So I was one of the hundreds of thousands of people who lost power during the Toronto ice storm at the end of December. At the time, I thought our two days without power was pretty bad, but it turns out our house was one of the lucky ones. Some people I know went a week or more before they got connected back up.
We were also super-lucky in that we were able to stay in our house, and our pipes didn't freeze. It turns out that our gas fireplace must run on a battery or something, because when I came downstairs on Sunday morning (the power having been out for twelve hours already and the house being quite chilly by that point), I decided to flip on the fireplace switch just for lulz, and...foom! It worked! This kept the house from freezing, so we were able to stay there. We were even able, with some extra blankets piled on, to sleep in our own beds upstairs instead of having to curl up on the floor next to the fireplace, huddled together for warmth.
We put as many food staples into coolers as we could fit, put the coolers out on the porch, and lived off of fruit, cereal and cheese or peanut butter sandwiches for two days. It wasn't fun, and the kids got super-bored once the sun went down (which of course was very early in the day since this was right around the solstice), but we were okay. The power came back on after almost 48 hours, and we ended up being able to have our turkey dinner on Christmas Eve after all.
One of the most frustrating things about the whole experience was the serious suckage of the communication about what was going on from our power company. Their phone line was almost completely useless - there was absolutely no way to get in touch with an actual human being, and even the automated service gave out only vague information about what was going on, and sometimes even that went offline. It wasn't until I trekked down to work on the second powerless morning and finally got an Internet connection that I saw the power company's Tweets and website with a map of the outages (which didn't actually work anyway).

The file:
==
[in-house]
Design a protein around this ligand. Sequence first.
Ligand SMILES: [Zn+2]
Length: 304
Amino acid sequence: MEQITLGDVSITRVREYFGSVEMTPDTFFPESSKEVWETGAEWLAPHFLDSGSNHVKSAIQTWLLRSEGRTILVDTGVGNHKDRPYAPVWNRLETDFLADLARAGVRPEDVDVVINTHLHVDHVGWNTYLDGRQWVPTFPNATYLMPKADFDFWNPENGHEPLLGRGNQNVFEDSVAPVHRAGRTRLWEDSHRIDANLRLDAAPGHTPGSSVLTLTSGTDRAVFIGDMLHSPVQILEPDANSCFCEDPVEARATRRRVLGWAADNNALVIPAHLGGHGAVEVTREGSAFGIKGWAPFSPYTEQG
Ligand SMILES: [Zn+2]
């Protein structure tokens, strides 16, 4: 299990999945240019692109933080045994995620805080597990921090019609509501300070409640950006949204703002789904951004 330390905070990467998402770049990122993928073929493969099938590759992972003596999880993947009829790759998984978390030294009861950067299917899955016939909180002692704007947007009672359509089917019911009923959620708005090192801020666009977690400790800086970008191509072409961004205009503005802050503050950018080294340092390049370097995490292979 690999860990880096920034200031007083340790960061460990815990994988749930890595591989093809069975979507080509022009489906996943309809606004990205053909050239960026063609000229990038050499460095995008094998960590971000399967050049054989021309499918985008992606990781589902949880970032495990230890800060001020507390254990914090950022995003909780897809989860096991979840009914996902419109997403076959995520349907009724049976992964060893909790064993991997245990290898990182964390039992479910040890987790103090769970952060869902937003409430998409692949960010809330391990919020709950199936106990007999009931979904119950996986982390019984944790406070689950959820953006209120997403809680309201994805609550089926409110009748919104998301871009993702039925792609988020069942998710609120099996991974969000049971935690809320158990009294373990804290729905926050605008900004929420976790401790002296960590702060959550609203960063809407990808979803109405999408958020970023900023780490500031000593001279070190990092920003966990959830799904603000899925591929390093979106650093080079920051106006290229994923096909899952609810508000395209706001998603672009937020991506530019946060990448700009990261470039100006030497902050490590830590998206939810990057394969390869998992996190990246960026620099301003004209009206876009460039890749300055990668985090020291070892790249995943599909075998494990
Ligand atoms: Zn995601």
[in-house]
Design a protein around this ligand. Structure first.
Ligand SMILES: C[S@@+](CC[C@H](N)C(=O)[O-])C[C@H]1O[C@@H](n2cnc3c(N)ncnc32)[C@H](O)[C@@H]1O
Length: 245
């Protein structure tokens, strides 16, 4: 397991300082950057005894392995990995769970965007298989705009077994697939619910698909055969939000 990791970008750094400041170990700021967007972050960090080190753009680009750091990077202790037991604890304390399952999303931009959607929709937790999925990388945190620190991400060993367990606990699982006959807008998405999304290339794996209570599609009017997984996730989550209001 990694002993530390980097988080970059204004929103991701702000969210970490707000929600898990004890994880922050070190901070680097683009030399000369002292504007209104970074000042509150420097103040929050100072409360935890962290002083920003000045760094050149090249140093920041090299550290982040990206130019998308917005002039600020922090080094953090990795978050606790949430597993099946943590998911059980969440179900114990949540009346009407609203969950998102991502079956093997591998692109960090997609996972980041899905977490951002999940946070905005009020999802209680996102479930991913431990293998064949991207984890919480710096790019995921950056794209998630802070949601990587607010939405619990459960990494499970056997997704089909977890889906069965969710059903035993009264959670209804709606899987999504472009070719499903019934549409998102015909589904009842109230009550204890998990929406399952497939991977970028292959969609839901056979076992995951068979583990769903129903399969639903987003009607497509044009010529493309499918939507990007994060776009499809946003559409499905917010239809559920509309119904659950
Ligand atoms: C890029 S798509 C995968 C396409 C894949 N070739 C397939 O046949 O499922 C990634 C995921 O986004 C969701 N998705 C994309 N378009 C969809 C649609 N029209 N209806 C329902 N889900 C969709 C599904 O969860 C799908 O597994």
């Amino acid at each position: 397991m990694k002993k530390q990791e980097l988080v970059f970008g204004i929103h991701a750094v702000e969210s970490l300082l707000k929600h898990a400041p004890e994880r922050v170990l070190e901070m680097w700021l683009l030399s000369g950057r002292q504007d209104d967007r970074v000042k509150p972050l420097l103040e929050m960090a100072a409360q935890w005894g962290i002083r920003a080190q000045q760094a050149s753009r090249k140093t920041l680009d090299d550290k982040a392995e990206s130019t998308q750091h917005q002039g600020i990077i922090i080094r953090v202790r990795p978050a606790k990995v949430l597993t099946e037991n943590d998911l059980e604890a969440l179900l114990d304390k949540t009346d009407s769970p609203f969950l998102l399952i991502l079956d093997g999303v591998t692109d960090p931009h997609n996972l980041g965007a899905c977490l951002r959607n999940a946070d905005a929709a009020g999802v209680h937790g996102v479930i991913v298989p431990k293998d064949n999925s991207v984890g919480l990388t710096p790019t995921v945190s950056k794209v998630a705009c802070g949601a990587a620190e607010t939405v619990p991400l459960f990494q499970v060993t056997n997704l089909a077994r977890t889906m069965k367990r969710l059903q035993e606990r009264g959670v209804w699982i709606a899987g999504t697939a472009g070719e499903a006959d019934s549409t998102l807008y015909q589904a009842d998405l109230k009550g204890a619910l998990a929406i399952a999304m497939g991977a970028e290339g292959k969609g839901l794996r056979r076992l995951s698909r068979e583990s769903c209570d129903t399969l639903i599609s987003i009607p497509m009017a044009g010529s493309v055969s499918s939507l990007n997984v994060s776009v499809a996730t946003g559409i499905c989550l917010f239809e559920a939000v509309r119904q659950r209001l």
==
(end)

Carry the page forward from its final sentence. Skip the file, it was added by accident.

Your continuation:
(Newsflash: If you are a company whose sole product is to provide electrical power...and you lose the ability to provide that product to someone...communicating to them about it via a system WHICH REQUIRES POWER TO ACCESS is NOT VERY FREAKIN' HELPFUL.)
But I digress.
The thing I absolutely can't complain about was the dedication of the hydro workers during all of this. They gave up their holiday time with their families and went out into the cold and generally nasty weather, working long, long hours, to try and get everybody connected back up. They are champs. I am so very, very grateful.
I decided to show my gratitude, as I so often end up doing, with handknits. So over the past month, I've knitted four pairs of socks, in various adult sizes (mostly big, because I figure most power workers aren't exactly my size), and will be getting them over to our local power company hopefully this week, with a request that they distribute them to whichever of their workers who were particularly dedicated during the storm recovery (and whom the socks fit, of course).
Pair #2, worked from some of the Regia Blitz Color that came in my 10-ball grab bag purchase from Little Knits last May:
I hope they'll keep some very deserving people very warm!
(And why yes, I am incredibly anal about making sure my self-striping socks are exactly the same as each other, thank you for noticing. :)